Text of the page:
ERBIL (Kurdistan 24) – Turkey’s central bank on Monday said it would adjust its monetary stance after President Recep Tayyip vowed to Ankara would pursue non-dollar transactions in trade with its allies amid tensions with Washington.
During a visit to Kyrgyzstan on Sunday, Erdogan accused the US of “behaving like wild wolves” and noted his country was in negotiations with Russia, who was hit with fresh sanctions in August, over non-dollar trade.
“Using the dollar only damages us. We will not give up; we will be victorious,” Erdogan said. The Turkish lira dramatically dropped in value last month as tensions with the US escalated.
Recent developments in the inflation outlook, Reuters quoted the Turkish central bank as saying the following day, showed “significant risks” to price stability and that the financial institution would take necessary actions to support price stability.
The Turkish lira rose briefly following the statement which fueled speculation the government may raise rates, before eventually sliding further down as investors worry about Erdogan’s influence over monetary policy.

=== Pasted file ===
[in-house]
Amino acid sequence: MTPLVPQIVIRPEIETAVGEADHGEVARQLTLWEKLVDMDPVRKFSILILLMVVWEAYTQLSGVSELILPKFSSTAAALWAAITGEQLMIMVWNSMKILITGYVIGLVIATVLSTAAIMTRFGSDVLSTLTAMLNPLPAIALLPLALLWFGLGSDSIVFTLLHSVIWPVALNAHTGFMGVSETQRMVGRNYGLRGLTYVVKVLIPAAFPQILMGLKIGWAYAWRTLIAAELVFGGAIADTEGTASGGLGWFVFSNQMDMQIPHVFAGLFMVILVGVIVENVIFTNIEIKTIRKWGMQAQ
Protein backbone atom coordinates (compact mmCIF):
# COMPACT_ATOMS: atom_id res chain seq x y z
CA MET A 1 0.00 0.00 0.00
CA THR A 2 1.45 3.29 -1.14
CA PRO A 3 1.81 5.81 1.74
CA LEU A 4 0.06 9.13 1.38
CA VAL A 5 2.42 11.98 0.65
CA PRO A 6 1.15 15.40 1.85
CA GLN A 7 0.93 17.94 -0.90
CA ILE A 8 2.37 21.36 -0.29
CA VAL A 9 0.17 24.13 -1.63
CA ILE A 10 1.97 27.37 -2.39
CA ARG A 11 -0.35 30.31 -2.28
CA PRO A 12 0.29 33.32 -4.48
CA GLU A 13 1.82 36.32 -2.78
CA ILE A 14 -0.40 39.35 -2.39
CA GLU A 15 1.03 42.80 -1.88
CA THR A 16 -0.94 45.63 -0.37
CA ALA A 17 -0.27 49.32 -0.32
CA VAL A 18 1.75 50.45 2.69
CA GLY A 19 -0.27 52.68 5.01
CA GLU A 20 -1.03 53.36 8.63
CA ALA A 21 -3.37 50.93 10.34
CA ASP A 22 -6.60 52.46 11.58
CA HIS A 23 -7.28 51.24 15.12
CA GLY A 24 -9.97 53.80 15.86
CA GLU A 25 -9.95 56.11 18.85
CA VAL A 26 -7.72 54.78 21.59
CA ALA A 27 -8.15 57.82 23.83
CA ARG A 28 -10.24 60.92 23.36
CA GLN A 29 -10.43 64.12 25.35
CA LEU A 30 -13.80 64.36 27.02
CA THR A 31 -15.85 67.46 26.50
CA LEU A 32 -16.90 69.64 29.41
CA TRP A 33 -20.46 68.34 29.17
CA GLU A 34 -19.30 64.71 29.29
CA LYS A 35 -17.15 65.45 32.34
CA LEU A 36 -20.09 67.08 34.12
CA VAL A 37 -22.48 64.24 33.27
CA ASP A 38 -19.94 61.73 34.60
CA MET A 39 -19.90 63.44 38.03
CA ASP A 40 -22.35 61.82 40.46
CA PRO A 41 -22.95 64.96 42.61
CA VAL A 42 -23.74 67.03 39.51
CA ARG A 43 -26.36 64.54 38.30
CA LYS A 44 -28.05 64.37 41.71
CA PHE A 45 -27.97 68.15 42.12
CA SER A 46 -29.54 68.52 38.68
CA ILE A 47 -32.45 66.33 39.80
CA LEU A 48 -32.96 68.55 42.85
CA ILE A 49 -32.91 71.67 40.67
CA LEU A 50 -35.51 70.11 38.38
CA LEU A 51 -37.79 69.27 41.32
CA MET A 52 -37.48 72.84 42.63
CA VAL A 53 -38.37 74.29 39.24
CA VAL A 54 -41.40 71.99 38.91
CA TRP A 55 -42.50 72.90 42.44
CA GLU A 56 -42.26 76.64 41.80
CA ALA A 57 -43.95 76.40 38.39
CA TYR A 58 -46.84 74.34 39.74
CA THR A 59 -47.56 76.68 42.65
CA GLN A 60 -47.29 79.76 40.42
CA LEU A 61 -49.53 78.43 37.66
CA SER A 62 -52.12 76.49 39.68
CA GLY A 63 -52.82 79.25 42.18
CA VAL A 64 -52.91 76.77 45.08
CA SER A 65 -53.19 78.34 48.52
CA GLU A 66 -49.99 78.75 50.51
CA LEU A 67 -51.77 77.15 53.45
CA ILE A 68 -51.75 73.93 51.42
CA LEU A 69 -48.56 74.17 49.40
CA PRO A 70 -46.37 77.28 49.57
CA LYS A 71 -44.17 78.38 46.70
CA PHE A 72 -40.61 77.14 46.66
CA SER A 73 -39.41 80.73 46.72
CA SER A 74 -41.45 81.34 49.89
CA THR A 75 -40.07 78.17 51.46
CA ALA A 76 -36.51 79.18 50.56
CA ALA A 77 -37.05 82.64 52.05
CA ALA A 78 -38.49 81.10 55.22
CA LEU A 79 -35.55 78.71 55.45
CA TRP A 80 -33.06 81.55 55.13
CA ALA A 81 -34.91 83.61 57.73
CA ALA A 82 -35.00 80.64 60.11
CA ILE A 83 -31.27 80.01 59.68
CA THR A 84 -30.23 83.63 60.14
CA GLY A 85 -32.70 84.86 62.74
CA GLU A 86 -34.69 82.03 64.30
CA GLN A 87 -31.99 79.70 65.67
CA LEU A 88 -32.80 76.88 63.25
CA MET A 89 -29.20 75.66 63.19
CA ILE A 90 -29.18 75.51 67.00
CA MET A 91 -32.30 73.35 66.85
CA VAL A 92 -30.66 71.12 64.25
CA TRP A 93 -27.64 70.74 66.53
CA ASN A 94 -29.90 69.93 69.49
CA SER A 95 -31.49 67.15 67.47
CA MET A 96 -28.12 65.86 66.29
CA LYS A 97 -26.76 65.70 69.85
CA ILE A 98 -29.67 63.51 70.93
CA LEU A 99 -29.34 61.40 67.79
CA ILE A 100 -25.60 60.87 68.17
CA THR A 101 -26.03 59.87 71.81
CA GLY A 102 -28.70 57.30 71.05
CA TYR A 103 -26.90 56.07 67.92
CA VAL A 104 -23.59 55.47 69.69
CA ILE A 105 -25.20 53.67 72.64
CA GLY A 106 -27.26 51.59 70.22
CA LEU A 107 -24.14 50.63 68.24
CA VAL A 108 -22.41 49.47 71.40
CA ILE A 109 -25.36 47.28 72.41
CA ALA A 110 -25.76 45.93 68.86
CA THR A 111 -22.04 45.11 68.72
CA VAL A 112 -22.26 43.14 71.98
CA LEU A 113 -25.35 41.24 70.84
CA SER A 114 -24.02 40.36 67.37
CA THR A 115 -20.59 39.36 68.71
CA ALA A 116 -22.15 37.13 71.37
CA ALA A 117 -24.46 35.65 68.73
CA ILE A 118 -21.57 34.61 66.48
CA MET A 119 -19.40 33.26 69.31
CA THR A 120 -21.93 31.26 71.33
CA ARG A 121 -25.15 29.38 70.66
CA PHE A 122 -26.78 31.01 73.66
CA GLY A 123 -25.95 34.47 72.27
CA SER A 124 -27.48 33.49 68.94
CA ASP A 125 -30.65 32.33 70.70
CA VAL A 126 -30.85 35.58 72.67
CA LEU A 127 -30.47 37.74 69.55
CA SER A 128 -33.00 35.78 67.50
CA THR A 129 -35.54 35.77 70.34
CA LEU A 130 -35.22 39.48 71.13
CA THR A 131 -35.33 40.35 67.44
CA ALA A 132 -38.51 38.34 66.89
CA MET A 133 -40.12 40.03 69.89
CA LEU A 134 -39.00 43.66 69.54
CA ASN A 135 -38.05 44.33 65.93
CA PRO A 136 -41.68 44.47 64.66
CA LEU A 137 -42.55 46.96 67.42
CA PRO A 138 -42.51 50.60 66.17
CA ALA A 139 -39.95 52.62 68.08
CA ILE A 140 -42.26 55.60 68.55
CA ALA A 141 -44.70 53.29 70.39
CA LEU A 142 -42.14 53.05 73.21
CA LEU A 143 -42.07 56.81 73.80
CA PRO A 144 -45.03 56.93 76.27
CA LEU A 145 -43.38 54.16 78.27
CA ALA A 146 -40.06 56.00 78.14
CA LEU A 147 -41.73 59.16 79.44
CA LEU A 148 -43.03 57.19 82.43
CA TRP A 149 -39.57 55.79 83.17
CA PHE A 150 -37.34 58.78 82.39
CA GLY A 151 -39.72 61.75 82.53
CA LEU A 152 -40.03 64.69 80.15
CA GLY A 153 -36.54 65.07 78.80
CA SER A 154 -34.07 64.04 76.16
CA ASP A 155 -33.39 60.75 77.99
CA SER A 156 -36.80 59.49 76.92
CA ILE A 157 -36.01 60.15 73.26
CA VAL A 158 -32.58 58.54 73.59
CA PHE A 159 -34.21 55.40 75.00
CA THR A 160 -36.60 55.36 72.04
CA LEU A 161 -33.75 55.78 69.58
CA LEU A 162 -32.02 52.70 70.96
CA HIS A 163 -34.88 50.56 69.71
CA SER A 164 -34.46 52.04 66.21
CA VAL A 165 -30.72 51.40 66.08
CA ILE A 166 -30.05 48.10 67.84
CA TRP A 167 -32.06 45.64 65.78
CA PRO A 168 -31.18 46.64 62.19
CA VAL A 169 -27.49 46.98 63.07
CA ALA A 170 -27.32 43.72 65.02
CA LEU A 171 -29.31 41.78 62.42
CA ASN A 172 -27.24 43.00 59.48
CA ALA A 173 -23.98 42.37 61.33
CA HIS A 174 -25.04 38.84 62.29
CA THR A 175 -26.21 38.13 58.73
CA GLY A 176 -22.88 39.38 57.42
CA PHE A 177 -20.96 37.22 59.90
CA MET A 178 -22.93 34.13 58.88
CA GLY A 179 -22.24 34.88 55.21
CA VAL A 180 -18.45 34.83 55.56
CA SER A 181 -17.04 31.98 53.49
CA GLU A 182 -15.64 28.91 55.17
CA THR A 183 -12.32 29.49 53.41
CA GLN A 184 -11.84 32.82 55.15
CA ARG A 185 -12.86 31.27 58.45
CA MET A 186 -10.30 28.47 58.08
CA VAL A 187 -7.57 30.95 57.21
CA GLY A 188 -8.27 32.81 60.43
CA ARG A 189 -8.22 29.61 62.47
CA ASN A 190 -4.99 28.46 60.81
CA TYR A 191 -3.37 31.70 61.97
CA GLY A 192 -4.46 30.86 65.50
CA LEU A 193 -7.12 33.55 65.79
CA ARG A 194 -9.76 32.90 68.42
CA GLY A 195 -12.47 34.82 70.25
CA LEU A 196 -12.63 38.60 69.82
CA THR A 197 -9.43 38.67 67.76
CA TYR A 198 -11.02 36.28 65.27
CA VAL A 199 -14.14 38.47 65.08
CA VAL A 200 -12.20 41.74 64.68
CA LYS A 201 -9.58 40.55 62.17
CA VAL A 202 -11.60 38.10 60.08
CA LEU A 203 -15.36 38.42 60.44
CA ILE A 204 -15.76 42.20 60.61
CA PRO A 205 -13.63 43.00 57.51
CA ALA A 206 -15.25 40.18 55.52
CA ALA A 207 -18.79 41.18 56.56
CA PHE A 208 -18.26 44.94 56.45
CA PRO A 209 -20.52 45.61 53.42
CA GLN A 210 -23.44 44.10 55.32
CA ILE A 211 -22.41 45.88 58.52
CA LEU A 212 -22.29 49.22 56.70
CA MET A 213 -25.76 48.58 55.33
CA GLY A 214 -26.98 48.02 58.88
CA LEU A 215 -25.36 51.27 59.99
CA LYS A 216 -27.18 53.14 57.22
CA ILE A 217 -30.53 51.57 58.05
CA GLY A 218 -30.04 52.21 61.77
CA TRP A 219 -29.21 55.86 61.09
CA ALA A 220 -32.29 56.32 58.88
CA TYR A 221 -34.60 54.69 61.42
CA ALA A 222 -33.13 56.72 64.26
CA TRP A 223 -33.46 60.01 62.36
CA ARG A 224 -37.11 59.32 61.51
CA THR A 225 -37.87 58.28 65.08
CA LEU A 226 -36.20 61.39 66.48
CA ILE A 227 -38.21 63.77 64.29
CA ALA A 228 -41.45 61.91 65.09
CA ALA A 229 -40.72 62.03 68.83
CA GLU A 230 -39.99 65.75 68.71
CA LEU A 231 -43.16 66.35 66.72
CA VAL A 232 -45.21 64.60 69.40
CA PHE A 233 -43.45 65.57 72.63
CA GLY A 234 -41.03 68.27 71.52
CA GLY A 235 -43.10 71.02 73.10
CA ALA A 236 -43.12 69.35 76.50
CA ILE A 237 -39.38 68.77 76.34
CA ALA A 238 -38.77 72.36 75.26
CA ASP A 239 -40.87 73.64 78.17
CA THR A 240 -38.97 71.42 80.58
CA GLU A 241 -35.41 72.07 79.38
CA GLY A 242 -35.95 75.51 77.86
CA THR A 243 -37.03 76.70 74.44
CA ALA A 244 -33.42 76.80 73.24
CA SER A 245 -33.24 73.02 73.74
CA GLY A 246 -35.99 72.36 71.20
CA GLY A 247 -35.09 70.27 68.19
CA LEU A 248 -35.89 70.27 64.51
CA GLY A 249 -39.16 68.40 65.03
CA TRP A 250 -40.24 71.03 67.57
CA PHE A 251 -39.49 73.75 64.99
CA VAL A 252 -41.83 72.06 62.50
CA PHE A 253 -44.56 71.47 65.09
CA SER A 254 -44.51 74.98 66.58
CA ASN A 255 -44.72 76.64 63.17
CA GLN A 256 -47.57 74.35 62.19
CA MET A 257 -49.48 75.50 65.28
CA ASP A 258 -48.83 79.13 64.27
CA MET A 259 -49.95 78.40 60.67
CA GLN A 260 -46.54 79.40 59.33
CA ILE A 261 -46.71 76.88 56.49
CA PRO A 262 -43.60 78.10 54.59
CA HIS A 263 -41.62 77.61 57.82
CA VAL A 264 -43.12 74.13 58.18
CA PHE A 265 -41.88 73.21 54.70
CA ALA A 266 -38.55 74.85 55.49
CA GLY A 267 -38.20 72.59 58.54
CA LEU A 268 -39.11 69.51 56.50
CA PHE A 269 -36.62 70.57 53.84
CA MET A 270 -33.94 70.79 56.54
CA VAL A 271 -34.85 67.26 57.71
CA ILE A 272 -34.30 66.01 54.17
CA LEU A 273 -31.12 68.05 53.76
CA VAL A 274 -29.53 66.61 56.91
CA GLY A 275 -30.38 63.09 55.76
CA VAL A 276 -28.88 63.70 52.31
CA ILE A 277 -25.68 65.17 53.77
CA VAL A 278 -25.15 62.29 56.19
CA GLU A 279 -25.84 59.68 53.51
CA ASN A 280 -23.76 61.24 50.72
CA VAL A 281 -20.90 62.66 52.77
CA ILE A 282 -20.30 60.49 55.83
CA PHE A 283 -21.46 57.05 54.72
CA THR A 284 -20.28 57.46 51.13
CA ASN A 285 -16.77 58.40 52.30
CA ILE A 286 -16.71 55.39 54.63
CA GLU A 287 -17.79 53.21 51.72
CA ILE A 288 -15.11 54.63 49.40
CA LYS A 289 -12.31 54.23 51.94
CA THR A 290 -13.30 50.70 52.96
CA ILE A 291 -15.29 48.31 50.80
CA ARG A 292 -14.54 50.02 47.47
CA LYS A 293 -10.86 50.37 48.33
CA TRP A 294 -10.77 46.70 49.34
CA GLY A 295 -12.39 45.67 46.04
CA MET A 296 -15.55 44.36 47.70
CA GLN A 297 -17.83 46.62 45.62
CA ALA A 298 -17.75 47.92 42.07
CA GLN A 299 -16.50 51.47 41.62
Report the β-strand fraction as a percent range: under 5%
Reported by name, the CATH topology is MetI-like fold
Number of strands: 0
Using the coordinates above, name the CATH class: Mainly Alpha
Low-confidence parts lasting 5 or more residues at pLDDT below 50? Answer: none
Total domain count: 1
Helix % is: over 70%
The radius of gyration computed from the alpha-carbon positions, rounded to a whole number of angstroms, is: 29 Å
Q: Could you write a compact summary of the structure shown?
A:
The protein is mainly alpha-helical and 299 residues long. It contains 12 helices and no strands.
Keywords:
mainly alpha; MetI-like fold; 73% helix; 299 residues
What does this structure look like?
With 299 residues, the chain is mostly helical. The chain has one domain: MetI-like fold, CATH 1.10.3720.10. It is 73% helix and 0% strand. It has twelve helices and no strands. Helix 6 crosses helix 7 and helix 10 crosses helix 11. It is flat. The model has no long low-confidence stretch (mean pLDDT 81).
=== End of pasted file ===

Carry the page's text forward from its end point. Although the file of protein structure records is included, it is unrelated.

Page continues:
Controversy surrounds Turkey’s worsening financial woes, as Erdogan and his Treasury and Finance Minister - also son-in-law - Berat Albayrak, lay the blame entirely on US President Donald Trump, despite the central bank refusing to raise its interest rates since the crisis began three months ago.
The Turkish President, who for the past 16 years led his NATO member country into becoming a hot destination for foreign investment, is now struggling to come up with a policy to save the debt-burdened nation from going bankrupt.
The Turkish economy, suffering from a lack of liquidity, government’s refusal of structural reforms, low-interest rates per Erdogan’s orders, the disempowerment of judicial control over state expenditure, high inflation numbers of up to 13.5 percent, and a rising unemployment around 10 percent, is struggling to withstand the trade war with America.
The US’ imposition of sanctions on two Turkish ministers for their role in the continued detention of Americans, including pastor Andrew Brunson, have added to the markets’ distrust of investing in Turkey or its currency. Turkey also recently came under doubled tariffs on steel and aluminum by the Trump administration.